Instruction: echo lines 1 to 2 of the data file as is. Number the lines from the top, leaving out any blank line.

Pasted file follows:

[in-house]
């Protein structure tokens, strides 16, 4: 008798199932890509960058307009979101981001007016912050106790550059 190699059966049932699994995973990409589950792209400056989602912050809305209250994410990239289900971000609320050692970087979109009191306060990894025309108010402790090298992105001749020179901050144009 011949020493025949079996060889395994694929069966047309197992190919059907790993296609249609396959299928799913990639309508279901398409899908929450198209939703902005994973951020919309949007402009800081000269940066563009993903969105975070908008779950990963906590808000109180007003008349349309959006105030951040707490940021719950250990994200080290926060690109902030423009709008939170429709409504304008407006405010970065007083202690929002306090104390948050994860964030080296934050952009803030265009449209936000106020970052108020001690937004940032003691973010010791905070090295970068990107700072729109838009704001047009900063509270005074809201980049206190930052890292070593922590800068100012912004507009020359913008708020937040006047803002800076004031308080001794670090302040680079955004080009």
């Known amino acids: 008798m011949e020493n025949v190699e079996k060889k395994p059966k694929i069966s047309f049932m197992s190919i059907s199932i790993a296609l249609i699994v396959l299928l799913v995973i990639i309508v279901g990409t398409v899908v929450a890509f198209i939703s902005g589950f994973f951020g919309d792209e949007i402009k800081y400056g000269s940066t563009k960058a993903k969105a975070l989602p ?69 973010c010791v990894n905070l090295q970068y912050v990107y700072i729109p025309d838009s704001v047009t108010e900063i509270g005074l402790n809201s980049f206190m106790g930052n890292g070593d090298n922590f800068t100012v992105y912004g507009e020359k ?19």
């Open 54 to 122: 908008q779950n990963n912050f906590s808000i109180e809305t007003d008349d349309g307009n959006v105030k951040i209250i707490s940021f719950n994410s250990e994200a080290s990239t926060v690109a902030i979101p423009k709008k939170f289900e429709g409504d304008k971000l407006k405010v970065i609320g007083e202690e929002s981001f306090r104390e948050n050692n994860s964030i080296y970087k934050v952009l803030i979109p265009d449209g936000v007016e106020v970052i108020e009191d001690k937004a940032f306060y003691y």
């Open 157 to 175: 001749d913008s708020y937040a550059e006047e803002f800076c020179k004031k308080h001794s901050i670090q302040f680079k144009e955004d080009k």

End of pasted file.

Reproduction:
[in-house]
């Protein structure tokens, strides 16, 4: 008798199932890509960058307009979101981001007016912050106790550059 190699059966049932699994995973990409589950792209400056989602912050809305209250994410990239289900971000609320050692970087979109009191306060990894025309108010402790090298992105001749020179901050144009 011949020493025949079996060889395994694929069966047309197992190919059907790993296609249609396959299928799913990639309508279901398409899908929450198209939703902005994973951020919309949007402009800081000269940066563009993903969105975070908008779950990963906590808000109180007003008349349309959006105030951040707490940021719950250990994200080290926060690109902030423009709008939170429709409504304008407006405010970065007083202690929002306090104390948050994860964030080296934050952009803030265009449209936000106020970052108020001690937004940032003691973010010791905070090295970068990107700072729109838009704001047009900063509270005074809201980049206190930052890292070593922590800068100012912004507009020359913008708020937040006047803002800076004031308080001794670090302040680079955004080009």